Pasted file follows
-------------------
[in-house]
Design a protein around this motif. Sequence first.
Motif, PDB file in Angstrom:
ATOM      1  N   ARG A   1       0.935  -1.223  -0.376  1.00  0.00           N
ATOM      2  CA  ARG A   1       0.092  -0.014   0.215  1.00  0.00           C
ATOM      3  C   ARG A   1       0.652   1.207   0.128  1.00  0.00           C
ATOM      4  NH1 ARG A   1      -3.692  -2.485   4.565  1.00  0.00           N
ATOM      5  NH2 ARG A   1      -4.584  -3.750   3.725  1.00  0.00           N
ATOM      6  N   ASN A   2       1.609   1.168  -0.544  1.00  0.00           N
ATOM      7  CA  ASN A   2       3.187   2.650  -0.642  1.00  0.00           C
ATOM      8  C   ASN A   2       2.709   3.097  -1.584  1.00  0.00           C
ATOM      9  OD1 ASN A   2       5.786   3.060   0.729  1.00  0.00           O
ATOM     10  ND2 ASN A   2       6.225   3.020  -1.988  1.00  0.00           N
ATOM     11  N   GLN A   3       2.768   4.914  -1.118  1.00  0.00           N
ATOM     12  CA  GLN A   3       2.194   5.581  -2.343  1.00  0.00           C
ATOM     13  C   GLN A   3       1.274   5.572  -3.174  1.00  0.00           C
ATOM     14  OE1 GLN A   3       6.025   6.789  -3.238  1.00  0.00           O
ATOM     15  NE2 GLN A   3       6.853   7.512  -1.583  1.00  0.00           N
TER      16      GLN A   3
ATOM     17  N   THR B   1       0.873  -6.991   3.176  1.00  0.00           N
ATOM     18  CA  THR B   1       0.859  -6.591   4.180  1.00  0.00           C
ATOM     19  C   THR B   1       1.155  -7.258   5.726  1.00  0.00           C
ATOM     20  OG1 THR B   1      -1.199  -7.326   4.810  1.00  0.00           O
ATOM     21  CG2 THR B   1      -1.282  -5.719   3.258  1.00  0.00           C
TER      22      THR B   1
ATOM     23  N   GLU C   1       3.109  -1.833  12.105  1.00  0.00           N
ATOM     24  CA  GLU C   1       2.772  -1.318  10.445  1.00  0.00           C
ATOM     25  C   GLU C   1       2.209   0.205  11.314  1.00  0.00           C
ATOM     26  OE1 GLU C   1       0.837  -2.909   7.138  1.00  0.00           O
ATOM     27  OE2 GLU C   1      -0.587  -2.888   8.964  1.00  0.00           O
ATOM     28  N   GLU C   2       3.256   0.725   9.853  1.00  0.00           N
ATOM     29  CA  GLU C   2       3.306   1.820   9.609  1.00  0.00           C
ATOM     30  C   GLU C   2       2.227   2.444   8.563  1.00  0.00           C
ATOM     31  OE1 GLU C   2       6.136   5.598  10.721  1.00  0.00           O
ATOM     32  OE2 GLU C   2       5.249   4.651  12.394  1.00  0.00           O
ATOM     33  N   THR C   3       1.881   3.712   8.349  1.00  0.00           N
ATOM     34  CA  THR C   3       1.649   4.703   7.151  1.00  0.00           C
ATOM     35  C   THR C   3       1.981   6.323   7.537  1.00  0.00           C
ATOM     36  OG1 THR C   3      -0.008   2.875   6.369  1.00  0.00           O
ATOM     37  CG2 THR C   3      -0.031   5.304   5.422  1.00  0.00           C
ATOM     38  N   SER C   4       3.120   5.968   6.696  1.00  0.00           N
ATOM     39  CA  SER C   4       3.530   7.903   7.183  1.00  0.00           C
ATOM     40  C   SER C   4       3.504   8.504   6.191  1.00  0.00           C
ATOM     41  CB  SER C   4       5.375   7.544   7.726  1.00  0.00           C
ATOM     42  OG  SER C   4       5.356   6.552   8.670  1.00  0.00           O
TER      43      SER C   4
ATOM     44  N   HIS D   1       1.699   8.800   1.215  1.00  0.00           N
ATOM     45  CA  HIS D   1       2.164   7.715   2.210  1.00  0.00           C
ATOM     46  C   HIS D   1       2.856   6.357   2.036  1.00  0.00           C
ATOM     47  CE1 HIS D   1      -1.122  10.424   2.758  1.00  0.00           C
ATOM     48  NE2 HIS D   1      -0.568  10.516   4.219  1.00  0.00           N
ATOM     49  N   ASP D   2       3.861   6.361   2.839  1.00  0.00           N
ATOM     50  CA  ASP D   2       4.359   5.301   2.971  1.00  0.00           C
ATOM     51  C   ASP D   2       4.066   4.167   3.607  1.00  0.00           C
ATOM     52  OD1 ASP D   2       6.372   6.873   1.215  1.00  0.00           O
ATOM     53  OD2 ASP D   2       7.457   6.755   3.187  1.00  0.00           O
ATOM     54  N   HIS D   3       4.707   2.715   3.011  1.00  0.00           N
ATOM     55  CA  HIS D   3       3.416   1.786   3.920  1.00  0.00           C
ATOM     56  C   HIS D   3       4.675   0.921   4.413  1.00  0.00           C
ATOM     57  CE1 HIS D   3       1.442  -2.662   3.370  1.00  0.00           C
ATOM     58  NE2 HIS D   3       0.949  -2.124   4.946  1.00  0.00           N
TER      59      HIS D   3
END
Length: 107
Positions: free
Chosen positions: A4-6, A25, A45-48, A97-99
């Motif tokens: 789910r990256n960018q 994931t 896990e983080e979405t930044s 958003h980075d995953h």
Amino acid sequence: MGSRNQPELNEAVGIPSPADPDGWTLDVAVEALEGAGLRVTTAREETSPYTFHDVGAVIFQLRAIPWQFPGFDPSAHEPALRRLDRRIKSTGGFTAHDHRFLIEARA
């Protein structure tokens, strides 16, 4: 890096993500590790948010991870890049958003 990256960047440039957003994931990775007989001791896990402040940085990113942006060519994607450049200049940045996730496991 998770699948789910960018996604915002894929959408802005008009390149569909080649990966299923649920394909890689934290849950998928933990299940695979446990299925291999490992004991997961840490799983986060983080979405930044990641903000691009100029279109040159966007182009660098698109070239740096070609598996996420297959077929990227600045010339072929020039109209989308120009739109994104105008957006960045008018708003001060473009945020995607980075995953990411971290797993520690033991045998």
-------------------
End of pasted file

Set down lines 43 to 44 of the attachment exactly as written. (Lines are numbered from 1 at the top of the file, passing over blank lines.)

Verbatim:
ATOM     40  C   SER C   4       3.504   8.504   6.191  1.00  0.00           C
ATOM     41  CB  SER C   4       5.375   7.544   7.726  1.00  0.00           C